- The word ‘Chanterelle’ comes from the Greek ‘kantharos’ which
means ‘cup’ or ‘goblet’. ‘cibarius’ which means ‘food’
in Latin so Cantharellus cibarius can mean ‘Cup of Food’.
- Recent DNA work is showing that many species we all thought were Cantharellus,
are actually turning out to be Craterellus, the genus that the Horn
of Plenty, Craterellus cornucopioides is in. Previously features such
as the presence of clamp connections, a solid stem and carotenoid pigments
put species in Cantharellus, but DNA work is showing that Craterellus
species can have clamp connections and carotenoid pigments. Thus species
like tubaeformis and lutescens are actually Craterellus
tubaeformis and lutescens. Thus the best field feature to tell
between Cantharellus and Craterellus is actually whether the
stem is solid (Cantharellus) or hollow (Craterellus), but even
this might not always work as there are thoughts that the solid stemmed C.melanoxeros
may also be a Craterellus!!
- In 1992, it was estimated that the Pacific Northwest states exported
515 metric tons of chanterelles. This compares to the 14,765 tons supplied
to western Europe by eastern Europe and Turkey. One of the proposed
Berne Species, Gomphus clavatus or Pig’s
ear Gomphus is also an edible species, but is only sold in local speciality
- Chanterelles mainly fruit when their associated trees are at least 10
years old although fruiting bodies have been produced in the lab under
seedings 16 months old. There are thoughts that in dry years they are found
more often in areas with abundant well rotted dead wood because this retains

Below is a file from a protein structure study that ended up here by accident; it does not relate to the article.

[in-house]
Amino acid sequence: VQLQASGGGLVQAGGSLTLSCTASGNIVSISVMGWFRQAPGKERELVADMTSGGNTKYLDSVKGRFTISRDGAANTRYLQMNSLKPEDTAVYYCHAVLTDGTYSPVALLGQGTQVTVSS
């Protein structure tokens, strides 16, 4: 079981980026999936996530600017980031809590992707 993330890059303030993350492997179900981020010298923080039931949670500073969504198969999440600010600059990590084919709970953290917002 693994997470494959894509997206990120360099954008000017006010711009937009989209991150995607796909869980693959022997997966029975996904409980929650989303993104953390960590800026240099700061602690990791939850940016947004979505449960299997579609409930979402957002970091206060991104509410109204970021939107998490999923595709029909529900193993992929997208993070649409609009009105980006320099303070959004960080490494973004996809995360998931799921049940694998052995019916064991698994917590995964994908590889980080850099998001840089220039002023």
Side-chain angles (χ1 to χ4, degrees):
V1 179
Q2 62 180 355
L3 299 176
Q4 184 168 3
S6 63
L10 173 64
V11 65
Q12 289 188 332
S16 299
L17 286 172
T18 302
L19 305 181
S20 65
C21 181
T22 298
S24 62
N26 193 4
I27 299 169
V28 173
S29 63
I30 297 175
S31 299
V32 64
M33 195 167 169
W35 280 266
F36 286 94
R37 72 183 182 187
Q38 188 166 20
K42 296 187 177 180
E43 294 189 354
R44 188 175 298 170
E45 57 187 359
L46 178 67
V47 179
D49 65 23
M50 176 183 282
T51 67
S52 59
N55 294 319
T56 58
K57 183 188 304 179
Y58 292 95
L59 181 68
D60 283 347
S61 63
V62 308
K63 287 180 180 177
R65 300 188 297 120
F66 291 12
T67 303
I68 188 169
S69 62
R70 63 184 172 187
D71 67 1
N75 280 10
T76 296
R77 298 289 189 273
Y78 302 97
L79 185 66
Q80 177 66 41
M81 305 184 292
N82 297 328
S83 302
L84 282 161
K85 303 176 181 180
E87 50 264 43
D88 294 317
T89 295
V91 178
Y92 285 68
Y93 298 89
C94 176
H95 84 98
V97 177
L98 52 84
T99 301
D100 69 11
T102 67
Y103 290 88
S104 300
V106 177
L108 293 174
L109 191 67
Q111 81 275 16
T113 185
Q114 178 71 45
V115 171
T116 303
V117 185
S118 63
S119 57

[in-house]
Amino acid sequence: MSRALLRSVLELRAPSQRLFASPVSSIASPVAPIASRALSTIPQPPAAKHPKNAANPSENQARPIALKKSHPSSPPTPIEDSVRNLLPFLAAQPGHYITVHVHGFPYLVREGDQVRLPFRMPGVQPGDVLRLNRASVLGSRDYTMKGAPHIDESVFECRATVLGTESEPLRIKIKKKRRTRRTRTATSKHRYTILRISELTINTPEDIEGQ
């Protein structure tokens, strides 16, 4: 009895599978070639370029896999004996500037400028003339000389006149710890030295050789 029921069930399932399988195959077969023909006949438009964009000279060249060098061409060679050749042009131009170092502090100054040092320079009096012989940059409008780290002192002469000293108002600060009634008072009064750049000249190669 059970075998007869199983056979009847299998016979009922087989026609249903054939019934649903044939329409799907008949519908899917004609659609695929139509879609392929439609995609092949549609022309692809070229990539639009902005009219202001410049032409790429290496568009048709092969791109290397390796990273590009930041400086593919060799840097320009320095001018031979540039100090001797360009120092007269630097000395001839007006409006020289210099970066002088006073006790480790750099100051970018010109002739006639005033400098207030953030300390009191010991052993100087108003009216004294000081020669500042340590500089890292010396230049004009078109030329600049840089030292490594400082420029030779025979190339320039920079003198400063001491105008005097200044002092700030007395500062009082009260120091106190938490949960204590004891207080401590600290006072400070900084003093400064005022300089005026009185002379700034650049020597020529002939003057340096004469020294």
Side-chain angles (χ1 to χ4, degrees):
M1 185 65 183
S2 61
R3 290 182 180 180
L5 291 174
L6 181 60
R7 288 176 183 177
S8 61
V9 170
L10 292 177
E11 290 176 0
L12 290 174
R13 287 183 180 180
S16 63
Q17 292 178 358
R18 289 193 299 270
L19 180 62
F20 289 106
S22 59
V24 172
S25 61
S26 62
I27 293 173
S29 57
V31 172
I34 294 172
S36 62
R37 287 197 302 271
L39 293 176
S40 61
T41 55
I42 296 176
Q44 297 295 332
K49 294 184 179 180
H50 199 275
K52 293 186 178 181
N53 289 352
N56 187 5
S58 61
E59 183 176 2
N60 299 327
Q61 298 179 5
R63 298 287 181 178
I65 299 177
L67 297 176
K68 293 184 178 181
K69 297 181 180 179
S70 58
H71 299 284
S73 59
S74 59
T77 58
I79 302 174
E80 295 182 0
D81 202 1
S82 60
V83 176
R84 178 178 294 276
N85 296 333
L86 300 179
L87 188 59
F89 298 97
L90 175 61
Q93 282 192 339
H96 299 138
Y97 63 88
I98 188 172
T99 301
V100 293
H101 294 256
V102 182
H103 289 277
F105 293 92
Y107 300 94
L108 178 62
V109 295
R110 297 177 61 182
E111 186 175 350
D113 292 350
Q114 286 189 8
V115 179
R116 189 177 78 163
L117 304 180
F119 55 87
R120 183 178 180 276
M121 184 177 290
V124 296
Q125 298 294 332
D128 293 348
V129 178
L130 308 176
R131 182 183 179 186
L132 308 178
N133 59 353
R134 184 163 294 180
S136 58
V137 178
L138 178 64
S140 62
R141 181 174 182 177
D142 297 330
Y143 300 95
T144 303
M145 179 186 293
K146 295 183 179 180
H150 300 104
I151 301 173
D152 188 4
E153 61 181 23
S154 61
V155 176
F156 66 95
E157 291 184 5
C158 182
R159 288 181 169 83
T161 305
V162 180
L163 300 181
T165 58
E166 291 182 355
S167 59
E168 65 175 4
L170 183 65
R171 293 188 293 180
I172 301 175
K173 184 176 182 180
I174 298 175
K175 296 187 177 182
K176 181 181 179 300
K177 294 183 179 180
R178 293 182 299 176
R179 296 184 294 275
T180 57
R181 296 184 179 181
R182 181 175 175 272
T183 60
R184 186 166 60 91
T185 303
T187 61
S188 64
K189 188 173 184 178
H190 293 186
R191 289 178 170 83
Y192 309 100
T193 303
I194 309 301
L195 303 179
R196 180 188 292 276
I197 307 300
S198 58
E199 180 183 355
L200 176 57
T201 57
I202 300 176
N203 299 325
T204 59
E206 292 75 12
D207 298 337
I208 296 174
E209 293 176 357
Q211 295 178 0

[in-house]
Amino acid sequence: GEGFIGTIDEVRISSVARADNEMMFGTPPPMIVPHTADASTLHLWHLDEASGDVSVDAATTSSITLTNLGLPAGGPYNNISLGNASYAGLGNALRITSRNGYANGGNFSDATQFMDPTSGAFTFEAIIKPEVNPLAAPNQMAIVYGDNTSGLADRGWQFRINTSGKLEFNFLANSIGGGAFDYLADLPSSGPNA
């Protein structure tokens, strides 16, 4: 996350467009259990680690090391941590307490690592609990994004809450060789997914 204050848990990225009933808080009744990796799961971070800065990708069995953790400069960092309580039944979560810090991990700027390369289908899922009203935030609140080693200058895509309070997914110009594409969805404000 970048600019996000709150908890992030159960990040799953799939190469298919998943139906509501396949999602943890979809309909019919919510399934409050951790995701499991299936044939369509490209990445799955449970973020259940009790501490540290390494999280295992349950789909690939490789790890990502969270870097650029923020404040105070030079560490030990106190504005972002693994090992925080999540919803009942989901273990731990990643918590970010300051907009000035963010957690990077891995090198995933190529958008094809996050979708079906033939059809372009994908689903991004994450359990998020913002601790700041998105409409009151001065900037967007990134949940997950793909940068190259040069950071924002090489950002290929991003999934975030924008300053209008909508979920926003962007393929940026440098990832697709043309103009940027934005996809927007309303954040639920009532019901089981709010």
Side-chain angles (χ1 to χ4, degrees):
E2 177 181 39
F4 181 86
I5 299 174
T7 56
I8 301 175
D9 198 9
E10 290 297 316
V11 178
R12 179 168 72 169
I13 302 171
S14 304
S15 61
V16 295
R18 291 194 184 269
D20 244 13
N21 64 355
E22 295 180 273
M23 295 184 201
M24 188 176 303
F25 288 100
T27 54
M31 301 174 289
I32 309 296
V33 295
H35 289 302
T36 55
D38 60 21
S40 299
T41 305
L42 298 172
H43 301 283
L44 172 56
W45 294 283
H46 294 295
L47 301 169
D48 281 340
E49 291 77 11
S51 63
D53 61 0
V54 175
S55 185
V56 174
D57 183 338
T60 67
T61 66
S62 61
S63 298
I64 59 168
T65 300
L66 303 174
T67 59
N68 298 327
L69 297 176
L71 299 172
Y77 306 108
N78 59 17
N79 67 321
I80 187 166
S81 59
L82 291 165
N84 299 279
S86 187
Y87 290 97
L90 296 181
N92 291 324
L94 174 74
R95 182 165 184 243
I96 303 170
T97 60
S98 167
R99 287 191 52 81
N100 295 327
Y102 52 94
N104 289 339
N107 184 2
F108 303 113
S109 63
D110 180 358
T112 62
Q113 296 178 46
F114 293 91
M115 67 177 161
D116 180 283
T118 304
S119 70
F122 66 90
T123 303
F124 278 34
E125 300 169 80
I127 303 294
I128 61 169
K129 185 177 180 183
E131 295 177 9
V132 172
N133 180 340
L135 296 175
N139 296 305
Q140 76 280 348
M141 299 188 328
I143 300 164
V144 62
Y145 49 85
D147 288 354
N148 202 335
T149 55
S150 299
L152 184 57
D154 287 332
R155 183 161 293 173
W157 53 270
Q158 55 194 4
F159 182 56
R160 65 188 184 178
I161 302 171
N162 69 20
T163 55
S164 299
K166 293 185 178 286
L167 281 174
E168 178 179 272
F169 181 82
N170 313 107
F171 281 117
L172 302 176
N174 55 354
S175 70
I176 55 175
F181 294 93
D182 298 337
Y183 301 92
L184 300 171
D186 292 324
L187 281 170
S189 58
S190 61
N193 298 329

the moisture better.
- Long term studies have found a greater link between abundant autumn
fruiting and high summer temperatures than with high autumn rainfall
although there is also a positive correlation with this.
- Chanterelles grow very slowly with fruiting bodies lasting for an
average of 44 days and some even lasting for 90 days. They generally appear
in the same spot every year and the patches of fruiting bodies only grow
slightly each year.
- As they are long lived, they have evolved protection against insects
and are rarely infested with insects. Slugs and snails also rarely eat
chanterelles. Quite what this protection is, is difficult to say. It could
be their high Vitamin D concentrations.
- Mammals such as squirrels, sheep, wild boar and moose are known to eat
- Chantarelles have spores that are very slow to mature and produce a low
level of maturing spores over 1-2 months.
- Chanterelles contain very high Vitamin D levels with cod liver oil
being one of the few better natural sources of Vitamin D.
- In some studies, Cantharellus cibarius was shown to have lower
levels of lead, cadmium and radioactive cesium-137 (in areas affected by
Chernobyl) than other edible fungi.
- 13 years of monitoring data has shown that plucking chanterelles has
had little, even a slight positive effect on the fruiting of chanterelles.
Cutting chanterelles seems to slightly worse than plucking, but the authors
point out that only long term monitoring will tell if picking has a long
term effect on chanterelle abundance. Certainly a number of studies indicate
that there is little short term effect of picking, but whether this is true
long term is not known.